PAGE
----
As I said the other day, summer's looming shadow is cast
upon me, and I am resolved to spend as much outdoor time as possible before the
climate here becomes "like stepping into someone's mouth" as aptly described by
a friend, so I decided to walk to the coffee shop in stead of drive. Now I don't
know how much of my reading audience shares
A discarded hospital bracelet.
A freshly hit possum outside the bus lane of an elementary school.
A mysterious pile of army men in the middle of the street.
The fact that my vintage Stan Smith's are great for garnering complements from the tennis shoe aficionados, but they are not the best at arch support.
The reason that I am not only revealing the process of my
walk, and reveling in it, but also highlighting the little details that punctuate
the glorious monotony of Spring is
because I chose Panda Bear's Person Pitch as my soundtrack, and that is
precisely what he does on this record.
Each song on this latest solo outing from Animal Collective's Noah Lennox
is constructed around a loop, a simple and often obvious loop, the kind that
those who have known the rarified pleasure of the Casio Sk-1 recognize
immediately, and his Brian Wilson-meets-Martin Denny-meets barbiturates harmony
and croon lilting over it. "Comfy in Nautica" sets the pace with a martial
chant and handclap loop over which
"Take Pills" has a slightly more mechanical loop to it, sounding like half-recorded packing machines over which a minimalist stoner psyche groove is placed. On much of this record, the lead vocals are placed in the background, issuing slowly from time-lapse footage. "I'm Not" is rooted around a stardust wave that persists the song and PB rides it like it's a cartoon comet, letting the mist collect in his hair. It's hippie business to be sure, but the kind that takes the infinite as some sort of empirical experience rather than something cool to talk about around the bong. "Search for Delicious" and "Ponytail" both render these droning curiosities into something closer to regular songs, particularly "Ponytail," a hushed ballad sung by a drugged children's choir.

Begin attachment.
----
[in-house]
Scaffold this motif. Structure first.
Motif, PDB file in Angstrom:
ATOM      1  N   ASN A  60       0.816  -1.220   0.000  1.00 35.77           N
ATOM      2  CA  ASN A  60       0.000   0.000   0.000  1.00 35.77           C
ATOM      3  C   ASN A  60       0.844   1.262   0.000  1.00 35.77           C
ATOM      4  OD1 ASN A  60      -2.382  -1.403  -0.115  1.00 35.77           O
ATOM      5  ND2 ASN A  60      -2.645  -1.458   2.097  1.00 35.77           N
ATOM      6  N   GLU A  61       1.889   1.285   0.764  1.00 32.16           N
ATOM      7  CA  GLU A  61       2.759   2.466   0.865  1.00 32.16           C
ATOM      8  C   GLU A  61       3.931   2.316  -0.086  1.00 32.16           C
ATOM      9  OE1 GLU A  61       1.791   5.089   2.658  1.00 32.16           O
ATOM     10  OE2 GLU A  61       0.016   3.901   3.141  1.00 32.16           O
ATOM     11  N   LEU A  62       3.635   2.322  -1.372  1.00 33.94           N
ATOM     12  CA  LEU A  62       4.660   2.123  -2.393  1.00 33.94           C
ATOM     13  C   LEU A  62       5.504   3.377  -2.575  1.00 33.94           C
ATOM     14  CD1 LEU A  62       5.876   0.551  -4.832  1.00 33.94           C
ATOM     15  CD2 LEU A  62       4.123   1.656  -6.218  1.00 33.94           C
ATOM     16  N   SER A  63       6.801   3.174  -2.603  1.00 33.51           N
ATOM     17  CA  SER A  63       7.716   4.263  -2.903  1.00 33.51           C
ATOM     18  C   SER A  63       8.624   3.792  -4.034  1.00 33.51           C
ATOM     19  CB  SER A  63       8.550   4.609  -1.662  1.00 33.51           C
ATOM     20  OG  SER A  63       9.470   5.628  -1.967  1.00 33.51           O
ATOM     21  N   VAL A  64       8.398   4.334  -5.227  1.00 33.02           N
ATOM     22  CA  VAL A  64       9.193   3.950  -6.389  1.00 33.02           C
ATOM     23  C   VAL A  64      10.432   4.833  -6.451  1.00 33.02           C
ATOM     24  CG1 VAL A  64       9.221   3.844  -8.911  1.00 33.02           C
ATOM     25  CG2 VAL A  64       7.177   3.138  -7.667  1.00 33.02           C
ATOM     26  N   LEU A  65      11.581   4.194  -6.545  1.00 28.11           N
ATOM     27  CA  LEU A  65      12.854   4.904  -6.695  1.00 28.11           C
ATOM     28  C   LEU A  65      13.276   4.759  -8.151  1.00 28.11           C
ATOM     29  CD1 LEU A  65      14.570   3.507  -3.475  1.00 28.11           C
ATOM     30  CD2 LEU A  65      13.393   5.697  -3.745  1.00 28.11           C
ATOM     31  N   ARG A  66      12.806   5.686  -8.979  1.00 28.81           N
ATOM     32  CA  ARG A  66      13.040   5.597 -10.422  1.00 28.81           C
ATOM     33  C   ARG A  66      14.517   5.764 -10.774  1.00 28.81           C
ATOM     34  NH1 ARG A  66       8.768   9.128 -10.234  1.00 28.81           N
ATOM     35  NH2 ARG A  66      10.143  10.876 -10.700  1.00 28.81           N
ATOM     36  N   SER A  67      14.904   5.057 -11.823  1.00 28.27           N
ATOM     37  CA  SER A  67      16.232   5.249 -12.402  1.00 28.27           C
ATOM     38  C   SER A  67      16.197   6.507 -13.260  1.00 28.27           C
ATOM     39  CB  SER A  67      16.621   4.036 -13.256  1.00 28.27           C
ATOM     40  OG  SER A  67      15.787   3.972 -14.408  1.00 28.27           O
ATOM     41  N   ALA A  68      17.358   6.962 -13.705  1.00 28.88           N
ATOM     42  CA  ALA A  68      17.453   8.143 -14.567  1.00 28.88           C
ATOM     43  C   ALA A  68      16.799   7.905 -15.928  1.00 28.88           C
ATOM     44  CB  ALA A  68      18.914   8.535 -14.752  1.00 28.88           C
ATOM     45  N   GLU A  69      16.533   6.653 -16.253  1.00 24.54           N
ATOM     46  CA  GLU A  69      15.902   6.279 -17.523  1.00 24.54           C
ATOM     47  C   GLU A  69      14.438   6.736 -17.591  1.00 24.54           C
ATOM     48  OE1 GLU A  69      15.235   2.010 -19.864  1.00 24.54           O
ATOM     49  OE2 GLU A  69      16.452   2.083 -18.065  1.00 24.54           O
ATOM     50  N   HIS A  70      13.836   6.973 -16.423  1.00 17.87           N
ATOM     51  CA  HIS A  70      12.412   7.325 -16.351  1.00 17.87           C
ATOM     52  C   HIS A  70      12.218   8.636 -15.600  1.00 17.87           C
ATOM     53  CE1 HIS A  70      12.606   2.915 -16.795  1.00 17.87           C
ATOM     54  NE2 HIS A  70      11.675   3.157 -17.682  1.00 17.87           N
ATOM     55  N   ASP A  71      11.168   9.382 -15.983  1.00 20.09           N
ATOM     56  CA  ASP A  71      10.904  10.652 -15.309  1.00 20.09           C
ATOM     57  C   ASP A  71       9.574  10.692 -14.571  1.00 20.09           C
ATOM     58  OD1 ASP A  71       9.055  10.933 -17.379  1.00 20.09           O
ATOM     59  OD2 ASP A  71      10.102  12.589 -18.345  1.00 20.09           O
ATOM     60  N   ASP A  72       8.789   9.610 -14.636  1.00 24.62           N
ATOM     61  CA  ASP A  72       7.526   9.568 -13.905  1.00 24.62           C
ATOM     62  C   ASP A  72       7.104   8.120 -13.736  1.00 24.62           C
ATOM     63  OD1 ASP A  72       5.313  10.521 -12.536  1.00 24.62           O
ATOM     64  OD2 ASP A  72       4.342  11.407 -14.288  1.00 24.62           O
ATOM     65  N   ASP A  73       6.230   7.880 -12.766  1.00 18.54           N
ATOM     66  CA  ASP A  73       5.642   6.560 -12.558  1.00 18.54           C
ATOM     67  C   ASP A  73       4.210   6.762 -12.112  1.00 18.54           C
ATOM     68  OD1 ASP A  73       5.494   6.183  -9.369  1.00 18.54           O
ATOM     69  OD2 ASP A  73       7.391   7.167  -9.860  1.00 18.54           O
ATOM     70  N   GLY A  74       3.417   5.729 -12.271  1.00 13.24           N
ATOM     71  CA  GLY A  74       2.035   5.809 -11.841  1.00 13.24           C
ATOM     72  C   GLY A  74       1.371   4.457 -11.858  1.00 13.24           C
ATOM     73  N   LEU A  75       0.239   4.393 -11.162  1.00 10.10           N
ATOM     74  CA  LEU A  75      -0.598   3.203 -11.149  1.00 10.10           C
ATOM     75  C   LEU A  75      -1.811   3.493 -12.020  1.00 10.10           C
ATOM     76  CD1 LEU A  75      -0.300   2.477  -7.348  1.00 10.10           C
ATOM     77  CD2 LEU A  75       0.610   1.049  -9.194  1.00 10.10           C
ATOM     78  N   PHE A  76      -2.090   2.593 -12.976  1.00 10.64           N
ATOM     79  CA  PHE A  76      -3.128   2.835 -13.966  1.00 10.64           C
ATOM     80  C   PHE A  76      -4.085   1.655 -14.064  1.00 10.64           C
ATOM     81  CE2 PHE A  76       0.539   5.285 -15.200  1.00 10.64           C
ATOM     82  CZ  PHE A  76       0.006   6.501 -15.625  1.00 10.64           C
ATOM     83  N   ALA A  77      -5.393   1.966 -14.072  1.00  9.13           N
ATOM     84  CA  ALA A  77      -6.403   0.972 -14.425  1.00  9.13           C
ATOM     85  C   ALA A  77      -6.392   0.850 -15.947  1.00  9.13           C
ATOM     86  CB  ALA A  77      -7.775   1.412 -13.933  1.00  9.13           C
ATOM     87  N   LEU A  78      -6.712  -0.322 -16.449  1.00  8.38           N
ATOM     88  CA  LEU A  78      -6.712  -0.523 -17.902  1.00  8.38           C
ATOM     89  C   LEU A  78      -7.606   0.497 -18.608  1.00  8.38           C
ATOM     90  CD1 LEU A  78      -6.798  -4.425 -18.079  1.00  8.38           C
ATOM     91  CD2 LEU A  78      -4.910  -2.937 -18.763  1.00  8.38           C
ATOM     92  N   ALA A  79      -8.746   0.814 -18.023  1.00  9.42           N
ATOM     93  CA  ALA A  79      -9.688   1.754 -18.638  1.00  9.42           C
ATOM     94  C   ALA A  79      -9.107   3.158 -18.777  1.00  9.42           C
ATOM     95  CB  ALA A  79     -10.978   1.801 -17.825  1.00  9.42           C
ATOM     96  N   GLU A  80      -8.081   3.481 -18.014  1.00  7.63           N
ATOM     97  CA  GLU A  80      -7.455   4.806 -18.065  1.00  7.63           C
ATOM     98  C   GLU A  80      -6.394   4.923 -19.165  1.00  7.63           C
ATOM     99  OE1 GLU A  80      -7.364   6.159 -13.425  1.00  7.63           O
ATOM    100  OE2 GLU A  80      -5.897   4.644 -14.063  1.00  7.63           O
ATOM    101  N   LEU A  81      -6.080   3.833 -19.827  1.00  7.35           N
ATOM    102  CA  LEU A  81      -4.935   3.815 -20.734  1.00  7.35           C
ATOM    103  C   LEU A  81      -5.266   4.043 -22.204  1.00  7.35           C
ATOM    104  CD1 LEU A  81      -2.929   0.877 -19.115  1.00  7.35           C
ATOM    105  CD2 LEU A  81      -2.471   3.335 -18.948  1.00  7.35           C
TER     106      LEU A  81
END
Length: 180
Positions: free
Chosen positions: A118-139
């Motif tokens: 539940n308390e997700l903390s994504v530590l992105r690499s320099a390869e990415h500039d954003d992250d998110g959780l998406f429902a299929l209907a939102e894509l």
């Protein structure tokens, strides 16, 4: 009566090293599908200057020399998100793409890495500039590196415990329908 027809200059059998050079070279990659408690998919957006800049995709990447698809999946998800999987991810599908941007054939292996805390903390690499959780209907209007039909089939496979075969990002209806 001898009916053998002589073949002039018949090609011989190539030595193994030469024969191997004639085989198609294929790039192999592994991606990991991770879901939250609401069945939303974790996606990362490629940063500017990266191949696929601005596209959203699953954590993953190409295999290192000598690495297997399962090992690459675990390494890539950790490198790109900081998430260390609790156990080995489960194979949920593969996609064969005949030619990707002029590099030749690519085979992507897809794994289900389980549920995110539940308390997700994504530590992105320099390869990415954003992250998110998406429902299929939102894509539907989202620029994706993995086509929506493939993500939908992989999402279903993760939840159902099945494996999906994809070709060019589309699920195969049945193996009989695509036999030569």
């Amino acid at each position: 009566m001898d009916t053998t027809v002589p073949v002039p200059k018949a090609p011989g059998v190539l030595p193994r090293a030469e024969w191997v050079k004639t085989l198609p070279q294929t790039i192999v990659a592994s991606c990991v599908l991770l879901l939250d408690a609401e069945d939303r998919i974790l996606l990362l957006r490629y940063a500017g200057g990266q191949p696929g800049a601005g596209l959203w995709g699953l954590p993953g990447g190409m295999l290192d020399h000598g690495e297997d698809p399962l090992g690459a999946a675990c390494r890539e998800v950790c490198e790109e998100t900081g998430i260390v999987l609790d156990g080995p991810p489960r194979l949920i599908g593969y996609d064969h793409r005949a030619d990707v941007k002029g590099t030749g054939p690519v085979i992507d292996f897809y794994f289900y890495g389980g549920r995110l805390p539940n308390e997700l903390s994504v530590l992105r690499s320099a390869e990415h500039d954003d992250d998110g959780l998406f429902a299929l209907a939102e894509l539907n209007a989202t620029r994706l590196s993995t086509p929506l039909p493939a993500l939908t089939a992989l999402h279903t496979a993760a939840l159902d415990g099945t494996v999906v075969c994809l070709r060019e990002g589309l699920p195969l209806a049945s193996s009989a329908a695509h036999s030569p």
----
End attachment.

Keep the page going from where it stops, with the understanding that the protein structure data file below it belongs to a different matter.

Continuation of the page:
It's in the long songs that my third eye gets pried open. The 12-minute "Bros" opens with an owl hoot and a sleigh bell jingle that makes this thing both relentless and imminently accessible. Throughout the piece, there are whooshes and rushes that sound like cars passing on the street below ones' open apartment window. About halfway through, the loops appear to double back on themselves and a more tribal campfire guitar and tambourine pulse appears. This is the kind of ritual beating system that makes Animal Collective's Sung Tongs one of my favorite records, and in many ways, this song is his finest hour, adding the right recombinant strain to the DNA at the right moment. "Good Girl/Carrots" is less successful, coming off at disparate parts that would have been better served being miniatures spread throughout the record rather than taken as a whole. Each part is a nice little jaunt on its own, especially the sing song sine-wave ditty toward the back end of it but it gets lost in a number of loops that sound like leftovers. Still Panda Bear's scraps are more interesting than most, serving as discarded hospital bracelets and squished possums on the golden road down which this exquisite record beckons you.
Alex V. Cook listens to everything and writes about most of it. His latest book, the snappily titled Louisiana Saturday Night: Looking for a Good Time in South Louisiana's Juke Joints, Honky-Tonks, and Dance Halls is an odyssey from the backwoods bars and small-town dives to the swampside dance halls and converted clapboard barns of a Louisiana Saturday Night. Don't leave Heathrow without it. His first book Darkness Racket and Twang is available from SideCartel. The full effect can be had at alex v cook.com